Since I wrote about the plan to bring commercial airline service to tiny Paulding County Airport (northwest of Atlanta) in the November issue, the battle over whether this will be allowed has escalated. Six residents who filed a lawsuit opposing commercial service agreed to a settlement last month in the U.S. Court of Appeals. They dropped their suit in exchange for the airport agreeing to an environmental assessment by the FAA, but the decision also gave the airport permission to proceed with its current project to add a runway safety zone and widen a taxiway. The FAA assessment could take up to a year.
A news article in the Wall Street Journal (December 18th) headlined "Why Is Delta Afraid of This Tiny Airport?" highlighted that airline’s outspoken opposition to any competition with its massive hub operation at Atlanta’s Hartsfield-Jackson International Airport. In addition to comparing various statistics on the two airports (such as 203 gates compared with one), reporters Susan Carey and Cameron McWhirter included a table comparing the airports available in the top 10 US metro areas. New York and Los Angeles each have five airports; Boston, Miami, Philadelphia, and Washington each have three; Chicago, Dallas, and Houston have two apiece. Only Atlanta—second largest of the top 10—has but a single commercial airport. Yet we are expected to believe that a second airport "isn’t commercially viable or economically sound for the region."
There have been two studies of this question in recent years. The first, largely funded by the FAA, was carried out by a consultant under the direction of the City of Atlanta Department of Aviation (somehow presumed to be a neutral party). Released in May 2011, it considered 29 possible sites, narrowing those down to eight for more detailed analysis (including the Paulding County and Gwinnett County airports). After estimating the costs of the eight candidates at between $1.4 billion and $2.9 billion(!), the report concluded that the benefits of a second airport would exceed its costs. The second study, carried out by a Georgia Tech group, found that three sites, including Paulding County, were acceptable sites for a second commercial airport.
The legal assault on Paulding County’s plan has escalated considerably. A detailed report by the Associated Press identified four "heavy-hitting" law firms that have filed three lawsuits, submitted open records requests for numerous documents, taken depositions, started a website, and launched a nonprofit 501(c)(4) issue advocacy group. Paulding County officials say these efforts are being funded by Delta, but the evidence is circumstantial. Delta has been a client of three of the law firms, including McKenna, Long & Aldridge (which has created the advocacy group) and Sidley Austin, which filed the legal challenge over FAA approval. The attorney in the latter case is Peter Steenland, brother of Doug Steenland, former Northwest Airlines CEO during its merger with Delta.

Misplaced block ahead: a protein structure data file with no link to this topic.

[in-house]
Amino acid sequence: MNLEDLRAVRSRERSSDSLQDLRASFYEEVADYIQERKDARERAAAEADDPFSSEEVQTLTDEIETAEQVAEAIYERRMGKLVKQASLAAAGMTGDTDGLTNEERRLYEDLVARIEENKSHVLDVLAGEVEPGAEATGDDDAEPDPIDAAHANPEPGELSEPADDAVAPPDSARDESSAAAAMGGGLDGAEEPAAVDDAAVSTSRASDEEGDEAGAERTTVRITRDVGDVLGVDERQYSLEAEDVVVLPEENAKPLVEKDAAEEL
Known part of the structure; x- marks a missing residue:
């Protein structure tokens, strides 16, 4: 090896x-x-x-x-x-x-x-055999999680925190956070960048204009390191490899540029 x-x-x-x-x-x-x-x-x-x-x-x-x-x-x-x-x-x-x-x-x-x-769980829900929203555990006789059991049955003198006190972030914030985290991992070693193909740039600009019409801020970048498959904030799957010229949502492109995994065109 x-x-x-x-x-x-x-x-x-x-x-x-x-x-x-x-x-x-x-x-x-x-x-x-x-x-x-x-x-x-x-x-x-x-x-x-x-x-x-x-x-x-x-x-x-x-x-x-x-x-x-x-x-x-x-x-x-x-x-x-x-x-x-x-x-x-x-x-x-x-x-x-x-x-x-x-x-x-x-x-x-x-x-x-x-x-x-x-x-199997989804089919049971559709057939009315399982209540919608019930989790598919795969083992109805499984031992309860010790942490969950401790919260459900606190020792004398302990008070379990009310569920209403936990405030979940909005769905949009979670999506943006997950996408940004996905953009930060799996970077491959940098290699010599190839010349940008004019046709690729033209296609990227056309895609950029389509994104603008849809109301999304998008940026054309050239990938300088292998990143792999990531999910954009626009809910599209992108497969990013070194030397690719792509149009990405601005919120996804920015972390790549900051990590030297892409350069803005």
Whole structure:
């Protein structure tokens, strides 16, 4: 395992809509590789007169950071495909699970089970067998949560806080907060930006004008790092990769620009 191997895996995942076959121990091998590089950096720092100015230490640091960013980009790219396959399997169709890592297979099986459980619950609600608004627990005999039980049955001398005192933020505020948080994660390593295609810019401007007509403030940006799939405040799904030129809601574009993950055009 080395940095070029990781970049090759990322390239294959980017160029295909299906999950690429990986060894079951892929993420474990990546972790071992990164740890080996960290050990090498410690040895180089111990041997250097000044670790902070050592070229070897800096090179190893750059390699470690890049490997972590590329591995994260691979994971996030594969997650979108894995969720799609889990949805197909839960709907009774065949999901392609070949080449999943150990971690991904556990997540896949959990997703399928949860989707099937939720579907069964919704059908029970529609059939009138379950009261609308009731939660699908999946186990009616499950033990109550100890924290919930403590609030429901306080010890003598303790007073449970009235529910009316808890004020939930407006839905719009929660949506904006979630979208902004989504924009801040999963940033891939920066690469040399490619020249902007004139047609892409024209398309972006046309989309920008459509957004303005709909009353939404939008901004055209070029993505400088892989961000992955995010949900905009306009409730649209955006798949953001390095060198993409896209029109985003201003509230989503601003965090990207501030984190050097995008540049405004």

Delta’s pilots union has sent representatives to local meetings to argue against the new airport, alleging that having a second airport "will raise our cost of doing business, and when Delta sneezes Georgia gets a cold." AP also reports that a Delta pilot told a local meeting that he’s concerned a second airport could "take away funding from Hartsfield-Jackson."
The only airline known to have shown interest in serving Paulding County Airport (now renamed Silver Comet Field) is ultra-low-cost carrier Allegiant. I’m amazed that Delta finds this tiny airport and this very different niche carrier to be such a threat. And the plain fact that all other major US metro areas have more than one commercial airport suggests that Delta’s expressed concerns are huge exaggerations.
AIRPORT POLICY NEWS
ISSUE NO. 97 – JANUARY 2014